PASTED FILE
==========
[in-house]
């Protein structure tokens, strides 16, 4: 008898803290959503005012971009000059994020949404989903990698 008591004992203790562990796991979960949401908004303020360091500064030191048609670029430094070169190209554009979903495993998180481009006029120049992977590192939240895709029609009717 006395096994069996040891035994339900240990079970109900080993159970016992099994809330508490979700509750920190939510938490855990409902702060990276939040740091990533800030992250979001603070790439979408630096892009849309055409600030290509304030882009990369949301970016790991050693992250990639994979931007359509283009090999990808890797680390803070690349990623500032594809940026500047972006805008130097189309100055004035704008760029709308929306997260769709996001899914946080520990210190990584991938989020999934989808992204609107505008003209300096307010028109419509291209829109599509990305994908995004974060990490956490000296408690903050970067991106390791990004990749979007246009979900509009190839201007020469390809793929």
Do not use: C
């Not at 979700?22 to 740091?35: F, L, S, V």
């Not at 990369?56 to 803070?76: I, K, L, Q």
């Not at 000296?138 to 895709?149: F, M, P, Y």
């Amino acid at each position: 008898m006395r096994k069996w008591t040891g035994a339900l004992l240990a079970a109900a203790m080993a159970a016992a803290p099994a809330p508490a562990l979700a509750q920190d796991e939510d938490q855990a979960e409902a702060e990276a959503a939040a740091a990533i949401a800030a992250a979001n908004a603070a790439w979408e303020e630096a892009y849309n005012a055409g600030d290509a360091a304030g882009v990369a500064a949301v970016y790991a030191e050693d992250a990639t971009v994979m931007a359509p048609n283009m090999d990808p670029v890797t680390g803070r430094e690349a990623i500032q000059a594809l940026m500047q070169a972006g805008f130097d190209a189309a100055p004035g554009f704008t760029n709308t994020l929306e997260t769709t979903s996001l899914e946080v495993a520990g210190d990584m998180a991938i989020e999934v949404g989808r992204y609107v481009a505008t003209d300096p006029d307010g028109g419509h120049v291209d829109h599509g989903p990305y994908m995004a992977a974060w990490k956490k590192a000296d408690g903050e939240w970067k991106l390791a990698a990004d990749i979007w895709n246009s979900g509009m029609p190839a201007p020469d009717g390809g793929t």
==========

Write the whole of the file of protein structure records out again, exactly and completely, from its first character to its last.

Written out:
[in-house]
């Protein structure tokens, strides 16, 4: 008898803290959503005012971009000059994020949404989903990698 008591004992203790562990796991979960949401908004303020360091500064030191048609670029430094070169190209554009979903495993998180481009006029120049992977590192939240895709029609009717 006395096994069996040891035994339900240990079970109900080993159970016992099994809330508490979700509750920190939510938490855990409902702060990276939040740091990533800030992250979001603070790439979408630096892009849309055409600030290509304030882009990369949301970016790991050693992250990639994979931007359509283009090999990808890797680390803070690349990623500032594809940026500047972006805008130097189309100055004035704008760029709308929306997260769709996001899914946080520990210190990584991938989020999934989808992204609107505008003209300096307010028109419509291209829109599509990305994908995004974060990490956490000296408690903050970067991106390791990004990749979007246009979900509009190839201007020469390809793929």
Do not use: C
């Not at 979700?22 to 740091?35: F, L, S, V």
């Not at 990369?56 to 803070?76: I, K, L, Q």
């Not at 000296?138 to 895709?149: F, M, P, Y």
């Amino acid at each position: 008898m006395r096994k069996w008591t040891g035994a339900l004992l240990a079970a109900a203790m080993a159970a016992a803290p099994a809330p508490a562990l979700a509750q920190d796991e939510d938490q855990a979960e409902a702060e990276a959503a939040a740091a990533i949401a800030a992250a979001n908004a603070a790439w979408e303020e630096a892009y849309n005012a055409g600030d290509a360091a304030g882009v990369a500064a949301v970016y790991a030191e050693d992250a990639t971009v994979m931007a359509p048609n283009m090999d990808p670029v890797t680390g803070r430094e690349a990623i500032q000059a594809l940026m500047q070169a972006g805008f130097d190209a189309a100055p004035g554009f704008t760029n709308t994020l929306e997260t769709t979903s996001l899914e946080v495993a520990g210190d990584m998180a991938i989020e999934v949404g989808r992204y609107v481009a505008t003209d300096p006029d307010g028109g419509h120049v291209d829109h599509g989903p990305y994908m995004a992977a974060w990490k956490k590192a000296d408690g903050e939240w970067k991106l390791a990698a990004d990749i979007w895709n246009s979900g509009m029609p190839a201007p020469d009717g390809g793929t």